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William Kaelin Wins Nobel Prize in Physiology or Medicine


William G. Kaelin pictured in his home in Boston shortly after receiving the call from Sweden

William G. Kaelin

Photograph by Stephanie Mitchell/HPAC

William G. Kaelin

Photograph by Stephanie Mitchell/HPAC

William Kaelin, Farber professor of medicine, has won the Nobel Prize in physiology or medicine, the Nobel Foundation announced this morning. He shares the prize with Sir Peter J. Ratcliffe, of the University of Oxford, and Gregg Semenza ’78, of Johns Hopkins University, for their research on how cells adapt to changing oxygen levels. 

The team “discovered how cells can sense and adapt to changing oxygen availability. They identified molecular machinery that regulates the activity of genes in response to varying levels of oxygen,” according to an announcement from the Nobel Assembly at Karolinska Institutet. “The seminal discoveries by this year’s Nobel Laureates revealed the mechanism for one of life’s most essential adaptive processes. They established the basis for our understanding of how oxygen levels affect cellular metabolism and physiological function. Their discoveries have also paved the way for promising new strategies to fight anemia, cancer and many other diseases.”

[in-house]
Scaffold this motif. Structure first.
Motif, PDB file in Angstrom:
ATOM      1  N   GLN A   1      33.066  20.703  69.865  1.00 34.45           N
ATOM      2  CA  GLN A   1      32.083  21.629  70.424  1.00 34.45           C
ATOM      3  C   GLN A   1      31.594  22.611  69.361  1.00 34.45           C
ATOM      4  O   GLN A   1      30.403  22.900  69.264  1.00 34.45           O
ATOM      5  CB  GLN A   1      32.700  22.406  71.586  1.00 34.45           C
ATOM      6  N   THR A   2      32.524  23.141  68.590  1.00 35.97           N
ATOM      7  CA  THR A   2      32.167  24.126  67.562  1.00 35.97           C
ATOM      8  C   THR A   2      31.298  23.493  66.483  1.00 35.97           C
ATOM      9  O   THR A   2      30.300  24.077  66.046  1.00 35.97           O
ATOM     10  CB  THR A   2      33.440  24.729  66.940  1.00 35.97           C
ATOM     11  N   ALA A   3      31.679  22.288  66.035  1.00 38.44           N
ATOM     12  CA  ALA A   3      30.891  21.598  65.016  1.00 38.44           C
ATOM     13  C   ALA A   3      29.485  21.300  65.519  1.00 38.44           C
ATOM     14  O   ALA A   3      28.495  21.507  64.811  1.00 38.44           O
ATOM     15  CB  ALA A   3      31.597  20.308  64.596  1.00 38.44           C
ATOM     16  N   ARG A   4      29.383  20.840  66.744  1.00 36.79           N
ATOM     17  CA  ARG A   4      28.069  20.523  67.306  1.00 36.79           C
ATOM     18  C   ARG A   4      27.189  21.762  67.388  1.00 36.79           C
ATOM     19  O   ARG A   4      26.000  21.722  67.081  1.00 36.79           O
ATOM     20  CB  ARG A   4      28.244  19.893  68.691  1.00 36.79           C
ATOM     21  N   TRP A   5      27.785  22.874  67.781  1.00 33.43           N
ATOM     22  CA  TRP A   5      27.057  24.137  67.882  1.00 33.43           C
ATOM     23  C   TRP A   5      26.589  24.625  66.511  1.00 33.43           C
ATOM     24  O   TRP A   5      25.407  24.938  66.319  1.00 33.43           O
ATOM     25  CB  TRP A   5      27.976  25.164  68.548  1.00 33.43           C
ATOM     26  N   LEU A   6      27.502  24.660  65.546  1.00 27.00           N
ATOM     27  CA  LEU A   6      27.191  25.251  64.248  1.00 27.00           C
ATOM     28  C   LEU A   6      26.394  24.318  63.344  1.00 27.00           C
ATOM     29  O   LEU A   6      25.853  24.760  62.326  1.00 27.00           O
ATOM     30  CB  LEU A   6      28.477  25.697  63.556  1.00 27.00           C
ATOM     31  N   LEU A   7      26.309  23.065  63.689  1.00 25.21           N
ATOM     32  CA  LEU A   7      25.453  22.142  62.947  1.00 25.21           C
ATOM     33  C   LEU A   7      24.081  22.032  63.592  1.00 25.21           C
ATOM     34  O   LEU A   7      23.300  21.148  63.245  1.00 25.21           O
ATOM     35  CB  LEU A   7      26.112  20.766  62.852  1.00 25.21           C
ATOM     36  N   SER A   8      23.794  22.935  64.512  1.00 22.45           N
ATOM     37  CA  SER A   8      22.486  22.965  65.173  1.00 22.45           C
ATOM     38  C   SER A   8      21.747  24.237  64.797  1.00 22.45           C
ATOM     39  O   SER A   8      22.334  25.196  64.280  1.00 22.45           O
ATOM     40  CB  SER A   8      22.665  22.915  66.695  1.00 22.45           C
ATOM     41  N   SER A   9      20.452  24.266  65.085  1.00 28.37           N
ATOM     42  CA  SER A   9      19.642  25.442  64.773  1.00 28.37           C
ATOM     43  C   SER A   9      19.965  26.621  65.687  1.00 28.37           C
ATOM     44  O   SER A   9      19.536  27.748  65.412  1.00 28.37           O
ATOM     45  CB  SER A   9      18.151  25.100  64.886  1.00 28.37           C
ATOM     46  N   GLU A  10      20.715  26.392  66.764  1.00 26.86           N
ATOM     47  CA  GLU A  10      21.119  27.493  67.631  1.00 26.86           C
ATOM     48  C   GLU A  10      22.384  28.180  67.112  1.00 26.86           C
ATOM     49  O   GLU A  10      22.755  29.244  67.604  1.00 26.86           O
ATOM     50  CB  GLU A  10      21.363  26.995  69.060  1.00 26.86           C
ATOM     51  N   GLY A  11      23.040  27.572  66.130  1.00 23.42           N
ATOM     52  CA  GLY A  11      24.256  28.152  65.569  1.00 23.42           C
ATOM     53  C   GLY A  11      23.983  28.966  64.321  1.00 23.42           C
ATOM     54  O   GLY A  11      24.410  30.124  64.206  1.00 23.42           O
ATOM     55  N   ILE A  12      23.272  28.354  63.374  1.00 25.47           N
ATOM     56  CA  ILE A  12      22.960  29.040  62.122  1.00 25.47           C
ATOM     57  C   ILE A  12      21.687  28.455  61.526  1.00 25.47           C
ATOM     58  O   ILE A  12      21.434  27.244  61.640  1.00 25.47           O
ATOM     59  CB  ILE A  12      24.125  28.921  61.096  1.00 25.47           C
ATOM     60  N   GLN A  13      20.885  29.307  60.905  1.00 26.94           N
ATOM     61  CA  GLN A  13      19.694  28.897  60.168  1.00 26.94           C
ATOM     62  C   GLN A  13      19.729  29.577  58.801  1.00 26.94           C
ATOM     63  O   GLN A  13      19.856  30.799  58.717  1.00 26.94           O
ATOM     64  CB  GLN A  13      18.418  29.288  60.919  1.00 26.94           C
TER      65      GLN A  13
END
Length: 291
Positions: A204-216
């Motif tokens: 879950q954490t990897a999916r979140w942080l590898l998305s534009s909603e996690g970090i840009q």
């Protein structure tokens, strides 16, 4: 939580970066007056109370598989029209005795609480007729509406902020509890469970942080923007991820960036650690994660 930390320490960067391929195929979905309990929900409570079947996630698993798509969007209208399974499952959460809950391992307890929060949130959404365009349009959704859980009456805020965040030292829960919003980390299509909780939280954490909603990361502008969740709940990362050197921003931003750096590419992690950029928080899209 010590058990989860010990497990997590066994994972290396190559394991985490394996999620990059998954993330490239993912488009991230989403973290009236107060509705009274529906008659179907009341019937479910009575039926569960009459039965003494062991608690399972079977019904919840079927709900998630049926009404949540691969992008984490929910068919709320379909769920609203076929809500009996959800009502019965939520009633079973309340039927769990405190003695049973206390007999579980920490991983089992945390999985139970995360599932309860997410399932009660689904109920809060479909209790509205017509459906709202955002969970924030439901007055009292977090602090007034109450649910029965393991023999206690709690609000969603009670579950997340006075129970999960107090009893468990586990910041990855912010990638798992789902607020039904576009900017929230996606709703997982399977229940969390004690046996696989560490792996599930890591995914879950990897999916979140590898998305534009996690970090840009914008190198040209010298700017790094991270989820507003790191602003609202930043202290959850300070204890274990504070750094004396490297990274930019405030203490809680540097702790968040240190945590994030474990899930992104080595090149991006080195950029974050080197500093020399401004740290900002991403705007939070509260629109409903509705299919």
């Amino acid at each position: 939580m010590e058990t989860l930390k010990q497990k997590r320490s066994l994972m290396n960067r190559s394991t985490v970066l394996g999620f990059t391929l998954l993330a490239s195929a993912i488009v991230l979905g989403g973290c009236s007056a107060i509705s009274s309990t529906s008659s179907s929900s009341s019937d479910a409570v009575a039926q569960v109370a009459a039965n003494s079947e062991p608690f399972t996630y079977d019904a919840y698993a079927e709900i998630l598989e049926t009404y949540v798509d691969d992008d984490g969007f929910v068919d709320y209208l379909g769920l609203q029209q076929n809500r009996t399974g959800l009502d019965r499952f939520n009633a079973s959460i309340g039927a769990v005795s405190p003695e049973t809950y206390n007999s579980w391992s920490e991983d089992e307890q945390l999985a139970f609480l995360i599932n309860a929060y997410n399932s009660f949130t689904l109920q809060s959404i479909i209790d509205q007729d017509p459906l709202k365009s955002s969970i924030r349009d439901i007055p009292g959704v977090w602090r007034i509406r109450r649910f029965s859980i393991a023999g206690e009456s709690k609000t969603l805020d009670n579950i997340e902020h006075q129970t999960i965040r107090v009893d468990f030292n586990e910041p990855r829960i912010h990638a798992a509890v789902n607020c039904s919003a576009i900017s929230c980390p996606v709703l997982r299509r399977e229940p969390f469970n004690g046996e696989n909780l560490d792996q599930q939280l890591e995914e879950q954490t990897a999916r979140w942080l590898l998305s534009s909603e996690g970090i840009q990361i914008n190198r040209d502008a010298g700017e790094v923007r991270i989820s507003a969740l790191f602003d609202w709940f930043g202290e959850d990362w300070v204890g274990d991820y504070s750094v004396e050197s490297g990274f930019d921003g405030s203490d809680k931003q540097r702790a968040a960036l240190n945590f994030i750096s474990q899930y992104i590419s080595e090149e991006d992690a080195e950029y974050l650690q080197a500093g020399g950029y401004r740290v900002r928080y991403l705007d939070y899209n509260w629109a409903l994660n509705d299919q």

Kaelin is the forty-ninth Harvard faculty member to win a Nobel Prize. His most recent predecessor, economics professor Oliver Hart won the 2016 Nobel Prize in economic sciences for his advances in contract theory.

Kaelin’s fellow winner Gregg L. Semenza ’78 is Armstrong professor of medicine at the Johns Hopkins University School of Medicine. A Hopkins press release notes that his research paves the way for the development of drugs that could kill cancer cells by cutting off the supply of oxygen a tumor needs to grow, and could also lead to medicines allowing tissues affected by conditions such as arterial disease to survive on low oxygen.

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